Four Things I’ve Learned Being Friends with White Women

When I was a child growing up in the 80’s in the ill-begotten Southern California high desert, I was surrounded by white girls. At 9 years old, I remember walking five doors down to Michelle’s house and marveling over her vast Barbie collection, with Ken dolls propped up against the walls with plastic, unchanging gazes of adoration and expectation for love never consummated. Because…well…Ken had no penis, and Barbie no vagina. I would skip up the steps with my clutch of Barbies and greet her mother, who barely acknowledged me between sips of wine while her father grimaced in the background. He would later be completely absent after the divorce. Michelle and I paid no mind to the weirdness. Barbie and Ken had a date and she was driving to the Dreamhouse in the Corvette.

And so it would go with my little white girlfriends–bonding over Barbies and baby dolls. While there were playdates galore, there was a closeness that was missing from my black girlfriends once I hit middle school. As I outgrew Barbie, I outgrew my white playmates.

White girls were always (well, mostly) friendly to me, but…they were on the periphery. During high school, I would spend most of my time with other blacks and a handful of Mexican kids. The older I got, the more foreign the behaviors, interests, and communication styles of white girls became until they were all but foreign to me.

It would not be until college that white women would once again re-enter my ecosystem (or was it me entering theirs?) that I would learn some very interesting and valuable lessons.

First Lesson: White women have as many weird and misinformed notions about us that we do about them. In the absence of actual facts, it’s natural for us mere mortals to fill in the blanks. There’s been a few times when I went out with a group of white women for drinks and they would expect me to be some sassy, neck-twirling cartoon of a black female reality star. They would be shocked when they learned that the last book I read was Charlotte Bronte and I couldn’t even tell you who’s doing what on Real Housewives are Basketball Baby Mamas or whatever. Conversely, some “Beckys” could out-dance, out-cook, and could cut and flat iron my hair to silky sleekness and do makeup on a chocolate face that was fit for a magazine cover.

Second Lesson: Their conflict resolution looks different. When I and my black girlfriends fell out of favor with one another, there was little room to misinterpret our displeasure. As black women, if we felt you did us wrong, you would know it because we would tell you–often quite boisterously. Oh…and we can get mean about it. We’ll recruit others to join in the pile on, and cackle at the person who had the misfortune of crossing us. As a result of this cultural norm, I honestly thought everyone handled conflict in this way. If someone does something to offend, you tell them and get on with life. It wasn’t until I entered Corporate America and interacted with non-black women did I see that many white women have a much more subtle (and initially unrecognizable) form of passive aggression that can be quite confusing. I learned the hard way that is was a bad idea to tell my insecure, horror show of a boss that I didn’t appreciate her using me as a fall guy for an oversight she made, or how she told my co-workers how much more money I made than them. From then on, I would experience one nightmare after another on that job. The torture started with all the girls falling silent when I entered a particular office. Then no more invites to lunch. Oh…and my boss deliberately withholding vital client information so that I looked foolish and incompetent during board meetings. I would call her on the coldness, but it it was crazy making as she would completely deny everything. It felt like I was living in that old movie, Gaslight. That module in The Pink Pill about handling conflict from people with varying communication styles might have saved my sanity.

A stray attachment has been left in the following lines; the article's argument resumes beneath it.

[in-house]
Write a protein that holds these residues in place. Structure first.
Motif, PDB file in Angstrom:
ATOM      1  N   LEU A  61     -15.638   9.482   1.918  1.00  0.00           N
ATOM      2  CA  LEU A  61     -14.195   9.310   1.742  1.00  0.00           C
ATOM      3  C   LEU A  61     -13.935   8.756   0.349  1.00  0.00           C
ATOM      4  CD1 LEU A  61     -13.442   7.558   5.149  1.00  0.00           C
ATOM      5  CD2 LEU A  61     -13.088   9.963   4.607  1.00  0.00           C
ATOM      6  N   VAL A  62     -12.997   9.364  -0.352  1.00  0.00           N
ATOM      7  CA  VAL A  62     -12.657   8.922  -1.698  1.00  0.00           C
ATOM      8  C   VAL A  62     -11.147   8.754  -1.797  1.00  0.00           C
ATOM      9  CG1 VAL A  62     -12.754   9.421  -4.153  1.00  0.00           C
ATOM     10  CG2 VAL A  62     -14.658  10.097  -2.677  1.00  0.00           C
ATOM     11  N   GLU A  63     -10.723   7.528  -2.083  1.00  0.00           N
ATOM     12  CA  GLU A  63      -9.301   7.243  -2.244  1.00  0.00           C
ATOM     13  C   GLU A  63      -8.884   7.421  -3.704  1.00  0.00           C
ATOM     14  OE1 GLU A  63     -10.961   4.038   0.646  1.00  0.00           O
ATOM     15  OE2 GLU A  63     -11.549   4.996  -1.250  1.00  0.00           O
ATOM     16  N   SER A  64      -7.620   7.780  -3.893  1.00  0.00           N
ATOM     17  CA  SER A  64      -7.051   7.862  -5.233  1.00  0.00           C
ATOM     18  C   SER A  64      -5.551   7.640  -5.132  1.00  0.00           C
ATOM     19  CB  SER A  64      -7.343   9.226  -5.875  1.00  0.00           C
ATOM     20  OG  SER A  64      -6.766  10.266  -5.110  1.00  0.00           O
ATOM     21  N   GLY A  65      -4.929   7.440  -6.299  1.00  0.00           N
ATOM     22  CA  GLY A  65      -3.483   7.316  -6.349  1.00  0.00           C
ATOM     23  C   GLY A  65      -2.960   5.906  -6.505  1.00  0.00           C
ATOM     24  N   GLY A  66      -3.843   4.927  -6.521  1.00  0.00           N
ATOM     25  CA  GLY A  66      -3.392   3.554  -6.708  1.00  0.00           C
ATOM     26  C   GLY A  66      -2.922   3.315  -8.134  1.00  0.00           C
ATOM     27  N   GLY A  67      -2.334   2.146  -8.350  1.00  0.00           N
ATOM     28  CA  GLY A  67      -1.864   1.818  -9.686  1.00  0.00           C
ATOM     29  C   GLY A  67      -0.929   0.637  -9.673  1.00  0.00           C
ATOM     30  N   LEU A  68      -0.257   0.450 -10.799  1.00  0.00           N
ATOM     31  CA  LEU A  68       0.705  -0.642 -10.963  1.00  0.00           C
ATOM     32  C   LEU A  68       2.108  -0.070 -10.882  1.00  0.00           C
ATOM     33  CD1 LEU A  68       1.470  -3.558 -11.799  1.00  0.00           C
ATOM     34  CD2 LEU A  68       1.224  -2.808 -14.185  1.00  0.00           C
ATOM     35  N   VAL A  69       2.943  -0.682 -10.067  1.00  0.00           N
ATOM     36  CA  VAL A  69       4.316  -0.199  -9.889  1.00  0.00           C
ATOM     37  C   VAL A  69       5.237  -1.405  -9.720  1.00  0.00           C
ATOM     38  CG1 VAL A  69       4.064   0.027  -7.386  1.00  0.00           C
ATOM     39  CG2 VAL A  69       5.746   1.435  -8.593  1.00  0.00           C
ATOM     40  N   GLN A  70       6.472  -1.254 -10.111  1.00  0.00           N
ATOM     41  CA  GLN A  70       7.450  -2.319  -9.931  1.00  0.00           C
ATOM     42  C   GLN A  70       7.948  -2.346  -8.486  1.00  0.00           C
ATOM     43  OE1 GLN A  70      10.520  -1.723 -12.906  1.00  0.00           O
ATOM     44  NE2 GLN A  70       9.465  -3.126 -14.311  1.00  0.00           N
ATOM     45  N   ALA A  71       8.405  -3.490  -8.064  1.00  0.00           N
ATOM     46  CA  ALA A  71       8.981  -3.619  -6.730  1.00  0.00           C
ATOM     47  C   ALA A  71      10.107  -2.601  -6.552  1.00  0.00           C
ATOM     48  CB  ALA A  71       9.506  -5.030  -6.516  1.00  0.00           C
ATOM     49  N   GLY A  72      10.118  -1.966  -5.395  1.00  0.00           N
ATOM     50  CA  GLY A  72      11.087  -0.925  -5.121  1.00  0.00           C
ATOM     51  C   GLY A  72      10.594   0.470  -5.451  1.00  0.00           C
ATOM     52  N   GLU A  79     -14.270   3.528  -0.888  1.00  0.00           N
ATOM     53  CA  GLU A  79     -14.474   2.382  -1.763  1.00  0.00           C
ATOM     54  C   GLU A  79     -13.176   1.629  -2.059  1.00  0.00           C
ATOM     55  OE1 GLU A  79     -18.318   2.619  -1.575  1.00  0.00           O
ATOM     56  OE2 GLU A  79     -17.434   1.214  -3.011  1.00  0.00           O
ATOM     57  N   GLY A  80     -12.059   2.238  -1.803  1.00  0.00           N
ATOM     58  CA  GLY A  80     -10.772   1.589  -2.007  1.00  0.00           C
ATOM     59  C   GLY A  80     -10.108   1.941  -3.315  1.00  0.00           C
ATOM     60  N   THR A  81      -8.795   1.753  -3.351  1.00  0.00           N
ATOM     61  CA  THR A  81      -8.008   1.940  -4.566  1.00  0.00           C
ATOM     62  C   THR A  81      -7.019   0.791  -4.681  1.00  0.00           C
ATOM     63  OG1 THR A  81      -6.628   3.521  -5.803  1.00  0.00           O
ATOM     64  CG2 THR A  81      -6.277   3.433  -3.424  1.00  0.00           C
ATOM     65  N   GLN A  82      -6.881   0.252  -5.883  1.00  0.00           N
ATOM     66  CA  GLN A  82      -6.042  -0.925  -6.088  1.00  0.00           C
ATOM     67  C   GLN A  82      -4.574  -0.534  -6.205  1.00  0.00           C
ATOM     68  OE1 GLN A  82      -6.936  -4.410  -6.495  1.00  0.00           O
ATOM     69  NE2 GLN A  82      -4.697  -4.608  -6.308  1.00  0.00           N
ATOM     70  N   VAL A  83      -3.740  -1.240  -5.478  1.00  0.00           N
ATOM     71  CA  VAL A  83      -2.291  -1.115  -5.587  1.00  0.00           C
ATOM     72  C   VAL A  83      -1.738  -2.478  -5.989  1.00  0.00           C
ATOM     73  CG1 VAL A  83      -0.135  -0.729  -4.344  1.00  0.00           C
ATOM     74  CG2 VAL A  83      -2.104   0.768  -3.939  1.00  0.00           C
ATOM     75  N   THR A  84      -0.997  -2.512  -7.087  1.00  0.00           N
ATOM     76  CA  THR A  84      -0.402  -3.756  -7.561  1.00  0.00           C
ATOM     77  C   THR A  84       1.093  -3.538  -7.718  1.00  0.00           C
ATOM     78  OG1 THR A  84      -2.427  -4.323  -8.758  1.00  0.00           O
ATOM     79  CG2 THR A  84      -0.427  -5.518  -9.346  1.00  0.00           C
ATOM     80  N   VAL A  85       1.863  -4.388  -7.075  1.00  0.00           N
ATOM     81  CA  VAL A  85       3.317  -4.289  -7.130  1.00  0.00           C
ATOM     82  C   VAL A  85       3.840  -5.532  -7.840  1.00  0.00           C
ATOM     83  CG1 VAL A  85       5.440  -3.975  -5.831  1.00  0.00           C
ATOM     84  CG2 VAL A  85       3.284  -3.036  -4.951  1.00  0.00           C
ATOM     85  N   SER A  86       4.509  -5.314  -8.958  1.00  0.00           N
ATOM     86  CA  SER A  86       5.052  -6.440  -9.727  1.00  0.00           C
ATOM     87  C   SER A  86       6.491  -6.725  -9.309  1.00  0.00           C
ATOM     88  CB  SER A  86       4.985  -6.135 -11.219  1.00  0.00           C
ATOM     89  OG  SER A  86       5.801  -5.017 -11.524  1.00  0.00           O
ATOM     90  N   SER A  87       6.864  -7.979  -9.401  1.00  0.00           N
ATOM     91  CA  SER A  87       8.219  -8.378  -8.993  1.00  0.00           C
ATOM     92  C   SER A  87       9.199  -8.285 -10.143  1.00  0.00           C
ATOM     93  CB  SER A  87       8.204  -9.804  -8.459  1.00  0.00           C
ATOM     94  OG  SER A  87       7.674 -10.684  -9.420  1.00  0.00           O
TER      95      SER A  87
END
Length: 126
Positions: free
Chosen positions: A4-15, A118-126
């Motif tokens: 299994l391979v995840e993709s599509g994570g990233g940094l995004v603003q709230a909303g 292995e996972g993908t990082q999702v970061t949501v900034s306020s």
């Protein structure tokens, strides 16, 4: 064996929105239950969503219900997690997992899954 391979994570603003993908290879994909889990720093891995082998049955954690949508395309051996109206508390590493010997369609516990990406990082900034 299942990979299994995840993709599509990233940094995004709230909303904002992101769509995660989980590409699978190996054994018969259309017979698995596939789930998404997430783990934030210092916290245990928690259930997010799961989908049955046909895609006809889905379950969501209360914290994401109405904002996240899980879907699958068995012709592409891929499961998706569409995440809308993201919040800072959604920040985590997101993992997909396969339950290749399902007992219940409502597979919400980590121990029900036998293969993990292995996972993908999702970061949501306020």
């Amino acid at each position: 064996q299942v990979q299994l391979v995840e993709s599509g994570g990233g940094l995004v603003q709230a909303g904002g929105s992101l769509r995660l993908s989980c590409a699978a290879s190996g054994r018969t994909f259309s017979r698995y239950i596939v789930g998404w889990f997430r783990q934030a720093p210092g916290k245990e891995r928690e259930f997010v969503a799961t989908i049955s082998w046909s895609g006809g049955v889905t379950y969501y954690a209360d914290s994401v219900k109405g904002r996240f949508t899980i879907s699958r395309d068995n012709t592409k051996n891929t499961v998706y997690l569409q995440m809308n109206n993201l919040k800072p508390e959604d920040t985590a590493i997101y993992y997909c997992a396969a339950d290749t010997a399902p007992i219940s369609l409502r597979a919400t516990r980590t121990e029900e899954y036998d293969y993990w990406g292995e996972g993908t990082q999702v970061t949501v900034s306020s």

Third Lesson: Upper-middle-class white women have absolutely no compunction about their desire to marry up and preserve their wombs for the wedding. They regularly reject less successful men and aim for the best deal their looks, charm and their pedigree can attract. While I lumbered through my junior year of college, pregnant and unmarried, my white female classmates enquired with rapt fascination at my decision to carry on without the benefit of marriage. “I couldn’t do it,” one of my classmates told me. “You’re so strong.”

Yeah. Strong and dumb.

Fourth Lesson: White women can be your biggest allies and advocates. There are so many times that the white women in my life have been kind, helpful, and downright scrappy on my behalf. One such encounter happened recently when a horrible excuse for a human took my child’s photo to exploit it in social media. My bestie from college, who just so happens to be an attorney, put the fear of a lawsuit and jail time into him and made sure he lost his job as a grocery store bagger. She was one of those white girls who walked alongside me while I was heavy with child, sharing her impeccable notes with me on the days my morning sickness or fatigue were unmanageable.

I guess it was a good thing she didn’t judge me for being just another tragic black baby mama, and I didn’t dismiss her as a spoiled, silly white girl. Love you, PJ.

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